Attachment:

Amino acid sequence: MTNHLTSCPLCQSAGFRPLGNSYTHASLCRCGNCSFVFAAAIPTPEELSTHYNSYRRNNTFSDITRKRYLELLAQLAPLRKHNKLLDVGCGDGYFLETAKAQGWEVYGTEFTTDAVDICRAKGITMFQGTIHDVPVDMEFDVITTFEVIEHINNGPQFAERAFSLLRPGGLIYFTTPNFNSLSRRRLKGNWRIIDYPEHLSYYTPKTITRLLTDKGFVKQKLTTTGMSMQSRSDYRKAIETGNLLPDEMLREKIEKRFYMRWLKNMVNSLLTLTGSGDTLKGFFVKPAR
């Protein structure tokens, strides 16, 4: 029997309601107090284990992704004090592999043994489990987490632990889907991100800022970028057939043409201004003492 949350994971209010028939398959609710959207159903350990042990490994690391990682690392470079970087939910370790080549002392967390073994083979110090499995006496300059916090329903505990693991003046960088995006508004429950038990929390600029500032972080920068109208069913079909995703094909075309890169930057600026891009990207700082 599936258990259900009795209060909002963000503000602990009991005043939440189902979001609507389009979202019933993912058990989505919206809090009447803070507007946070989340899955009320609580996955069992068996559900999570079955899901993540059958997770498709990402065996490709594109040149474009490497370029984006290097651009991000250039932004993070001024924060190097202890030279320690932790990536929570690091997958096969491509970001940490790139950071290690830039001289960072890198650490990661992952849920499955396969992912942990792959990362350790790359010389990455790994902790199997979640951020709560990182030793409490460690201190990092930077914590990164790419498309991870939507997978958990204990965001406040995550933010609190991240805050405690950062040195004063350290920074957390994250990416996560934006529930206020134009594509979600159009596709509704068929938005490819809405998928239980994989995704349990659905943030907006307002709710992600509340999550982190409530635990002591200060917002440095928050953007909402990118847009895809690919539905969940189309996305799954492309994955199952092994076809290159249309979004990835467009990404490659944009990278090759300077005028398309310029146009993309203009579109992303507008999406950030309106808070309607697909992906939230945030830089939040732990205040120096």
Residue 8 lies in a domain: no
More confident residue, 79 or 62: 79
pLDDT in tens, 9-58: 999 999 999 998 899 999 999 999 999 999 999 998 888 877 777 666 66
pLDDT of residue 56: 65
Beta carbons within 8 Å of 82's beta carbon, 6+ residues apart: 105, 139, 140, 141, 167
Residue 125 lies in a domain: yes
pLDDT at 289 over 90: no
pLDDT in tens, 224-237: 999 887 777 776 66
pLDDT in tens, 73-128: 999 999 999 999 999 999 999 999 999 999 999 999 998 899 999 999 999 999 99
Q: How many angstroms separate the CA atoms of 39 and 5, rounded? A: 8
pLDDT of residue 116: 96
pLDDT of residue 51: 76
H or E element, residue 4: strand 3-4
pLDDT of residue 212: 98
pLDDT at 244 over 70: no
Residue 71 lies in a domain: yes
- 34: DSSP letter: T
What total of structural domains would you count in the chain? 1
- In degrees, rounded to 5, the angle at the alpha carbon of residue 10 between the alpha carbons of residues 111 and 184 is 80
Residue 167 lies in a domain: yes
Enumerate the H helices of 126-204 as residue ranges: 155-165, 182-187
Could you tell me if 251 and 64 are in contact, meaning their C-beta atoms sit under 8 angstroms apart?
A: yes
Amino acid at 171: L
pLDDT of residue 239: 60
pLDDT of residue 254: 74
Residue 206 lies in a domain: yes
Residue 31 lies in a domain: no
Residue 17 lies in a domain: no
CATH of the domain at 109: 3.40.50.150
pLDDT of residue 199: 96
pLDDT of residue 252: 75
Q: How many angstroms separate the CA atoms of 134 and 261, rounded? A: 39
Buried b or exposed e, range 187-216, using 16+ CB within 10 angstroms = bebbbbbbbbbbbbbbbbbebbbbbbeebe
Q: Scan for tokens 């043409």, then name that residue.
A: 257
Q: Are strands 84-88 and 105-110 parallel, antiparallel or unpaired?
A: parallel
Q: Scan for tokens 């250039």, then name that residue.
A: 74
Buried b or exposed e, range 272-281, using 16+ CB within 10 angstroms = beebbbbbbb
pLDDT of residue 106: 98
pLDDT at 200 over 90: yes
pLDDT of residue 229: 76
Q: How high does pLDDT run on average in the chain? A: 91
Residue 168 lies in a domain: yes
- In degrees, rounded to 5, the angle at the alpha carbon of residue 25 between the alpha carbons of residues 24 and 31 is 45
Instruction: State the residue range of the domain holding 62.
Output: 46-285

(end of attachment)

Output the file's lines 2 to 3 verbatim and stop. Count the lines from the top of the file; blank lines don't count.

């Protein structure tokens, strides 16, 4: 029997309601107090284990992704004090592999043994489990987490632990889907991100800022970028057939043409201004003492 949350994971209010028939398959609710959207159903350990042990490994690391990682690392470079970087939910370790080549002392967390073994083979110090499995006496300059916090329903505990693991003046960088995006508004429950038990929390600029500032972080920068109208069913079909995703094909075309890169930057600026891009990207700082 599936258990259900009795209060909002963000503000602990009991005043939440189902979001609507389009979202019933993912058990989505919206809090009447803070507007946070989340899955009320609580996955069992068996559900999570079955899901993540059958997770498709990402065996490709594109040149474009490497370029984006290097651009991000250039932004993070001024924060190097202890030279320690932790990536929570690091997958096969491509970001940490790139950071290690830039001289960072890198650490990661992952849920499955396969992912942990792959990362350790790359010389990455790994902790199997979640951020709560990182030793409490460690201190990092930077914590990164790419498309991870939507997978958990204990965001406040995550933010609190991240805050405690950062040195004063350290920074957390994250990416996560934006529930206020134009594509979600159009596709509704068929938005490819809405998928239980994989995704349990659905943030907006307002709710992600509340999550982190409530635990002591200060917002440095928050953007909402990118847009895809690919539905969940189309996305799954492309994955199952092994076809290159249309979004990835467009990404490659944009990278090759300077005028398309310029146009993309203009579109992303507008999406950030309106808070309607697909992906939230945030830089939040732990205040120096």
Residue 8 lies in a domain: no